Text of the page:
Indonesian government officials and separatist rebels from the province of Aceh have started a new round of peace talks in the Finnish capital Helsinki.
Gam has called on Jakarta to withdraw troops from Aceh
The talks are aimed at ending the 30-year conflict in Aceh in which at least 10,000 people have died.
Last week, the government lifted a year-old state of emergency in Aceh, saying the move would help post-tsunami reconstruction work there.
Aceh bore the brunt of the 26 December tsunami which killed up to 165,000.
One of the key issues to be discussed at this fourth round of talks will be security.
In the wake of the tsunami disaster, the Indonesian military and Free Aceh Movement (Gam) rebels announced an informal ceasefire, but there have since been reports of sporadic violence.
"This time we're going to visit the hardcore issues, and the security arrangements will be the main subject," the Free Aceh Movement (Gam)'s Stockholm-based spokesman Bakhtiar Abdullah told AFP news agency.
ACEH: ESSENTIAL FACTS
Located on the northern tip of Sumatra island
Population of 4.3m people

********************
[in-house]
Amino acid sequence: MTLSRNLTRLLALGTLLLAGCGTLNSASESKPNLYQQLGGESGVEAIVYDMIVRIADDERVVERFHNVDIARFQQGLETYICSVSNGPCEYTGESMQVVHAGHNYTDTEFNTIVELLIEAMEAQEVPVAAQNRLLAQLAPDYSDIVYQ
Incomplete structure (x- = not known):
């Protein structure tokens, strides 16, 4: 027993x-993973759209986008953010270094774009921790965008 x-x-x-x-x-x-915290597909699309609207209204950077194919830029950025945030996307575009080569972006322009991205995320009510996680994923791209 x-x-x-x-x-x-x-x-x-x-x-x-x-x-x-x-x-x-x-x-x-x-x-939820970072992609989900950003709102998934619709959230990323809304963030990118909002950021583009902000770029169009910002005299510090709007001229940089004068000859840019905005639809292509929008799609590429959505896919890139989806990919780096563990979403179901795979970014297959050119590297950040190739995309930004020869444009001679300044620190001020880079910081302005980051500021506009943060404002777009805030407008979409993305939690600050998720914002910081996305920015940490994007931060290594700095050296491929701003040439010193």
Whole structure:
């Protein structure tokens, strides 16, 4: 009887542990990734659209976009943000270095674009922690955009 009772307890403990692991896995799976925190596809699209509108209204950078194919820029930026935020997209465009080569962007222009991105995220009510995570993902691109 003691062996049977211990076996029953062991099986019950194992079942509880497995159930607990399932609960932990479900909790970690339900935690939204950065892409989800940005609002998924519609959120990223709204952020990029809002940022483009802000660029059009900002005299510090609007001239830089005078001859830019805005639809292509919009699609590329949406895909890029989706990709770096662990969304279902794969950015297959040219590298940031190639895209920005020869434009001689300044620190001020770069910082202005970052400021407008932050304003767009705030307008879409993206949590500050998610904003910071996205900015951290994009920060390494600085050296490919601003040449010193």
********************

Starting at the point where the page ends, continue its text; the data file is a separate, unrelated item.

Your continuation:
Rich fuel resources, including oil and natural gas
Gam rebels have been fighting for an independent state
The other key issue looks set to be political representation in the province.
At the last round of talks in April, Gam proposed changes to electoral laws that stipulate parties must be nationally based. Unless the law is changed, any Aceh-based political group will not be able to contest in any national or local polls.
But the government appeared downbeat on this proposal ahead of Thursday's talks.
"The government of Indonesia... can only fulfil and give promises to something that is allowable under our constitution. However, it's not allowable under our constitution," Information Minister Sofyan Djalil told Reuters news agency upon his arrival in Helsinki.
"Of course for the government of Indonesia it is very difficult to compromise on that issue."
On Tuesday, Acehnese civilian figures ended a two-day meeting with the province's rebel leaders in Sweden, giving their support to both them and the Indonesian government to press on with the talks, the Jakarta Post newspaper reports.
The two sides reopened peace talks in January, after the last set of talks broke down in May 2003.